From the day we did our first read-through of the script, I knew this was going to be a blast. My brownie decorated to look like the Osiris (I ingratiate myself with new people through baked goods) was a big hit, and everyone was so friendly and enthusiastic about the show. It was like an old Mickey Rooney/Judy Garland movie, only instead of a big barn stage, we had a 400-square-foot bit of basement.

A very green basement: The walls and floor were covered in kelly green, and some other set pieces were painted the same shade so effects could be added later. There was one camera.

After some costume and prop delays, I was one of the first to sit in front of that camera. I'd been rehearsing my lines for weeks. So, of course, I promptly messed them up. Blooper footage! And then I was done. Other scenes went on, and I got to be the director's slate guy -- "Scene 12, take 15 [ snap ]!" Or I'd go back on days I wasn't filming just to hang out with my new friends.

Any actor, whether a Hollywood star or a chorus boy in a community theater production of Beauty and the Beast , can talk about the thrill of putting on a costume and becoming another person. But add to that the 40-year legacy of a TV icon like Star Trek -- pulling on that teal, black, and gray Starfleet uniform, complete with communicator badge, was enough to make this big sci-fi fan positively giddy.

And the fact that my character is gay makes the project that much more special. You don't see a lot of positive gay characters in sci-fi. It's still largely a straight boys club, with strong hetero characters and plenty of female eye candy. That's not to say the shows aren't smart, but the lavender ceiling isn't showing too many cracks.

So to play half of a loving gay couple, even one literally light-years apart, as part of one of the best-known sci-fi franchises in the worldaEUR| Well, it's that proverbial dream come true.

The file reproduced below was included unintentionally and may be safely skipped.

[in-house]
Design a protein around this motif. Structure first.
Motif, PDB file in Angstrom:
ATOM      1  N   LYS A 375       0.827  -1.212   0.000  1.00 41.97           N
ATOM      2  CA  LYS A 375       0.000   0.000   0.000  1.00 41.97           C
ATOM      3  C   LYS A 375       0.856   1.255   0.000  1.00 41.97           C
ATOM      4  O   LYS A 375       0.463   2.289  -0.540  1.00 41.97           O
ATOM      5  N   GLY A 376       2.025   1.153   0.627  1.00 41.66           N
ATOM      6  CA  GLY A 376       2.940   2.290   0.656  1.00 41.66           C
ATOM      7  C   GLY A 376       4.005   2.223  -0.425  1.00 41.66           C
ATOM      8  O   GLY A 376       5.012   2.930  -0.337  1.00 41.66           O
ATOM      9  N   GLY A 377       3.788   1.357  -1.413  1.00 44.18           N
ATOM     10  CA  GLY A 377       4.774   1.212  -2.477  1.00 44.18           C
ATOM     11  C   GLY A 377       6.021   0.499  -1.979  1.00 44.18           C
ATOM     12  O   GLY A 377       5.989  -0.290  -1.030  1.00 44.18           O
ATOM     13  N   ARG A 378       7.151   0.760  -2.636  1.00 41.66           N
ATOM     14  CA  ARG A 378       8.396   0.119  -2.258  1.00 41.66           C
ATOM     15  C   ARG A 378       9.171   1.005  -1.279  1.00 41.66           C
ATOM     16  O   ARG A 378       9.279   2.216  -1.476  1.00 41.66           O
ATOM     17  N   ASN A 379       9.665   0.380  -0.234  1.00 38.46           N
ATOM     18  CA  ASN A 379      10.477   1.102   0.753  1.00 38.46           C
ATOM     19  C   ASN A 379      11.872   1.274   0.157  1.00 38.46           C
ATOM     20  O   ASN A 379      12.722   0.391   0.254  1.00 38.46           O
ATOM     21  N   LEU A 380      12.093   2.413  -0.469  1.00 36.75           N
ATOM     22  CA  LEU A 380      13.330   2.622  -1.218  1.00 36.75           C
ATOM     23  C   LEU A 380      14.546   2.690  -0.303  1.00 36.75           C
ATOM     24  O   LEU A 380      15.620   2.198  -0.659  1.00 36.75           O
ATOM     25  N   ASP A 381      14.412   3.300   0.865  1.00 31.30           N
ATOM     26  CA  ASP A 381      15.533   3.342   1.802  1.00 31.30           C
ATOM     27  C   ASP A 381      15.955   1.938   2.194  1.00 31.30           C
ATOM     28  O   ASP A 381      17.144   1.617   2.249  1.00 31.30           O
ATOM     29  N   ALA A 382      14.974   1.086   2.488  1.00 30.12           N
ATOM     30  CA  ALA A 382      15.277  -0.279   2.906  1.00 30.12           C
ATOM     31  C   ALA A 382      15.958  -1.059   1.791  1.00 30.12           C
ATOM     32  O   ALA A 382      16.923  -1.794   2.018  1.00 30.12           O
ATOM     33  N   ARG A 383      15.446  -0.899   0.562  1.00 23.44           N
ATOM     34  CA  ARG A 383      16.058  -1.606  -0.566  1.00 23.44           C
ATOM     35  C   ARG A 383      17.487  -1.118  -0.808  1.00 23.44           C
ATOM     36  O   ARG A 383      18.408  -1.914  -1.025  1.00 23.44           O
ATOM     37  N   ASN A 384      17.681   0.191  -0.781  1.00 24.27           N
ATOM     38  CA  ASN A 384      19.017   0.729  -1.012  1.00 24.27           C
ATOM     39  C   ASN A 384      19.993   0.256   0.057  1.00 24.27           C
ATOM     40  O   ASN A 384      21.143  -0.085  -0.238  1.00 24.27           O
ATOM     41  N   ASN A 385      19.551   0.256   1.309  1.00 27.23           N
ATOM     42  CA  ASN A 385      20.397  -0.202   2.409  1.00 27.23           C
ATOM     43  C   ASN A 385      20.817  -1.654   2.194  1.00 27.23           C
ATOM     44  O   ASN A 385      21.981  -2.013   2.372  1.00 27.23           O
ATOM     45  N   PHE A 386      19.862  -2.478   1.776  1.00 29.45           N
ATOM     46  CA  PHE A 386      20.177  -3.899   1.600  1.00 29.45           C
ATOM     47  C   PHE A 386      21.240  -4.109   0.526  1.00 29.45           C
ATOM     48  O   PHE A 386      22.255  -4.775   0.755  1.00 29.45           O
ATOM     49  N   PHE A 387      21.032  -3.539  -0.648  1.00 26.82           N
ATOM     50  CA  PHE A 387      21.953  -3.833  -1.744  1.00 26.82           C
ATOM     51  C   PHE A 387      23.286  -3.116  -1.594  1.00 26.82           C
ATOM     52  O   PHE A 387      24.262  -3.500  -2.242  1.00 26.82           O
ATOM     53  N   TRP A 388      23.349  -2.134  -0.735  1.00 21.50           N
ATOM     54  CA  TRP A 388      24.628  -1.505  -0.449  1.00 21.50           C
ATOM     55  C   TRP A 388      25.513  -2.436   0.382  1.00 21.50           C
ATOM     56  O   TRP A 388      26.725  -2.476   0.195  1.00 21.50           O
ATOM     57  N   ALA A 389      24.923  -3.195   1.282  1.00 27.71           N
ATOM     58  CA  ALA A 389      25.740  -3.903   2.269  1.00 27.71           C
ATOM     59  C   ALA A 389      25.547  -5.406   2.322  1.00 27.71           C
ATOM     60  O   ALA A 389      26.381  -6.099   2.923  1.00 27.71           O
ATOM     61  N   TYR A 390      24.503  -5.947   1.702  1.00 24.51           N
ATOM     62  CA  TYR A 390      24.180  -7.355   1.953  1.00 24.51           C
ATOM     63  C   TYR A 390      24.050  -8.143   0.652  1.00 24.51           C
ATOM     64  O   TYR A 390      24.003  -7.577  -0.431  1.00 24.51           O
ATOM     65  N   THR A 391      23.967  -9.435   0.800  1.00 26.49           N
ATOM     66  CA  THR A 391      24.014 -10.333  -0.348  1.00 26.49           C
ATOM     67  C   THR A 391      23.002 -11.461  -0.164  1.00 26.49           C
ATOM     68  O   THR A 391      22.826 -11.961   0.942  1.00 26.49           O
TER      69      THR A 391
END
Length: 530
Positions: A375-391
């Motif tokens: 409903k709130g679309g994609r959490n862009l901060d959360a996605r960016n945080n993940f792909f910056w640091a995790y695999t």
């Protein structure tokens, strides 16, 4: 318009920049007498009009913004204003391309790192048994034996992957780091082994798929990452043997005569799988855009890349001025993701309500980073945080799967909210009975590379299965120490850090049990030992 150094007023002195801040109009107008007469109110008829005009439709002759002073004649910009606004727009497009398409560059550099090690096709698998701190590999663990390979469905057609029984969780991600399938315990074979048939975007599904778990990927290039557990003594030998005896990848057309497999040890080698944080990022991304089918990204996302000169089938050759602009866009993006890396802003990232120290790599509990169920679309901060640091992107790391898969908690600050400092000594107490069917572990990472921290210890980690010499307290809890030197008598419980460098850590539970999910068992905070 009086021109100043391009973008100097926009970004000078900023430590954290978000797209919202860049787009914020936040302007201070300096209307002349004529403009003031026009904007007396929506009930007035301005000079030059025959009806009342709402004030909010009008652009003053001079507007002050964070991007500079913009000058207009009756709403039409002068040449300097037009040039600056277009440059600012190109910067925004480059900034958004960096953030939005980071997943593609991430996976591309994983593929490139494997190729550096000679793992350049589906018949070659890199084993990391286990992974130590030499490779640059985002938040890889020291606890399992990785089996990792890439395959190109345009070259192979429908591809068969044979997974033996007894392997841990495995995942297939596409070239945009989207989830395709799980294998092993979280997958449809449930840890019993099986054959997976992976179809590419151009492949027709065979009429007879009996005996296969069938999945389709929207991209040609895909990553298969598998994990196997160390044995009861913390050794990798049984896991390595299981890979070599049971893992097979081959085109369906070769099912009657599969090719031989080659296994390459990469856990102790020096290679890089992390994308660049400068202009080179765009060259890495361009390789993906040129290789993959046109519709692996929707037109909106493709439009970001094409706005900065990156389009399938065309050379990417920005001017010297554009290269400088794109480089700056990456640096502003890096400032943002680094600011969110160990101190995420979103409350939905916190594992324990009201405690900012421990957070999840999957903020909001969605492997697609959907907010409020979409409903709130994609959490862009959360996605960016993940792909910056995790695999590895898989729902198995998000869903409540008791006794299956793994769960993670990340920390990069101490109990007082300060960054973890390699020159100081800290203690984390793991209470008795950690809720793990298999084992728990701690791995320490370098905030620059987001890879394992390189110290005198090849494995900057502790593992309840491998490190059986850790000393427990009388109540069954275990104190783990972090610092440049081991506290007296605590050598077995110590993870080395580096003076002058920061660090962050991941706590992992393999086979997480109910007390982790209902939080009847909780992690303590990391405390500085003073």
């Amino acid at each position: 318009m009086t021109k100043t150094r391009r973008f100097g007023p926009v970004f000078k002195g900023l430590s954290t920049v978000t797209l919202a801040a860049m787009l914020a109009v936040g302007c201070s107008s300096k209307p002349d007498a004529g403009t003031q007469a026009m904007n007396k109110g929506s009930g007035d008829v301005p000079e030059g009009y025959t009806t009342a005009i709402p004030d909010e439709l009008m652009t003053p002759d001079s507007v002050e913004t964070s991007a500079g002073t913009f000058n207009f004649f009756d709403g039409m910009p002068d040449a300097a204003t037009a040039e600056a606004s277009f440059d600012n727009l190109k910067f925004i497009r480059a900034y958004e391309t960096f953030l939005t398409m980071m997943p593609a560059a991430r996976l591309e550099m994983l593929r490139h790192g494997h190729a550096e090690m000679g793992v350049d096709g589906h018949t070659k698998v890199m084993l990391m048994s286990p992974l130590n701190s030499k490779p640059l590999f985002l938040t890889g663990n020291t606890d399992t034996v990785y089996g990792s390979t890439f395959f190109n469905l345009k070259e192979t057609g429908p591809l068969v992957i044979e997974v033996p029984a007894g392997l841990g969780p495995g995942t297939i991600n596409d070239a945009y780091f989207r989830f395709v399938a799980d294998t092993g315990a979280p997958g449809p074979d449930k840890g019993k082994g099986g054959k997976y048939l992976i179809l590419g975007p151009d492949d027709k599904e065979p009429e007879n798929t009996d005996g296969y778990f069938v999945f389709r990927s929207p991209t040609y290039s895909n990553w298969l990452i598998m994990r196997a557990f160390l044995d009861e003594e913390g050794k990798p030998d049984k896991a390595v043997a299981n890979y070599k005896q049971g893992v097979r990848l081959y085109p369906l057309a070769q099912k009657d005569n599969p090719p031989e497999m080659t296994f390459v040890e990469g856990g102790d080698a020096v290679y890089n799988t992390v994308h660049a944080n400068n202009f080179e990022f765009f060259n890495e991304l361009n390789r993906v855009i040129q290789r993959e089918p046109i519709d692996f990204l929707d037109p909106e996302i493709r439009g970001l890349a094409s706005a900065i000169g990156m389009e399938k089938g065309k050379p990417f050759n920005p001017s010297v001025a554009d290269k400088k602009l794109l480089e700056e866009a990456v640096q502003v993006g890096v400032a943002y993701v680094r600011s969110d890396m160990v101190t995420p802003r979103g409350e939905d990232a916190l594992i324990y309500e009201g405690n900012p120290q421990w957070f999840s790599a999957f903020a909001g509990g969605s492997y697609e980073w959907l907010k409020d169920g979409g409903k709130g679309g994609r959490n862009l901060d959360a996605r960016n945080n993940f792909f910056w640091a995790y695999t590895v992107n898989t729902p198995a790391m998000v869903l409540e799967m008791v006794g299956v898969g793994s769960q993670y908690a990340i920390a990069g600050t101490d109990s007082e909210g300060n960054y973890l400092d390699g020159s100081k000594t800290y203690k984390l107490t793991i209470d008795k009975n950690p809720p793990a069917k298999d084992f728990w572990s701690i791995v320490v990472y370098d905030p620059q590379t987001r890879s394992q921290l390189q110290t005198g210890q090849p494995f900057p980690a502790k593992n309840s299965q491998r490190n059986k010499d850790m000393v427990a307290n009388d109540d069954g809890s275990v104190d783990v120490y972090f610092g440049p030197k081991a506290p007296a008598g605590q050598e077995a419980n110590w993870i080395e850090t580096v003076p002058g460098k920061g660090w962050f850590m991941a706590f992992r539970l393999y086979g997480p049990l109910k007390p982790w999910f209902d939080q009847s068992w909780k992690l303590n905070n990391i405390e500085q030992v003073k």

Sure, it's filmed in a basement, and we had to delay production one day while a snowplow was noisily clearing the condo complex's parking lot, but our props looked just as good as the ones I've seen in touring Star Trek exhibits. And when we put on those costumes, applied those Vulcan ears, and stepped in front of the camera, we were Starfleet officers.

Once we stopped giggling, that is. As much as we take the project seriously, it doesn't escape our notice that we're among the world's biggest nerds. A sense of humor is essential.

But when we watch the opening credits, see our names as the Osiris whizzes by, we know we're part of something special. Our little Star Trek family is doing its part to continue the vision of original Trek creator Gene Roddenberry. We're here, we're queer, and we've got phasers set on stun.

If my character dies (no one is safe, Miller says), I can still say I had a small part in Star Trek's enduring legacy. And even "Third Romulan on the right" charges $15 for autographs at conventions. Who needs a 401(k)?

Just kidding, Paramount.

Advocate Channel - The Pride StoreOut / Advocate Magazine - Fellow Travelers & Jamie Lee Curtis

From our Sponsors

Most Popular

Latest Stories

Eric Henrickson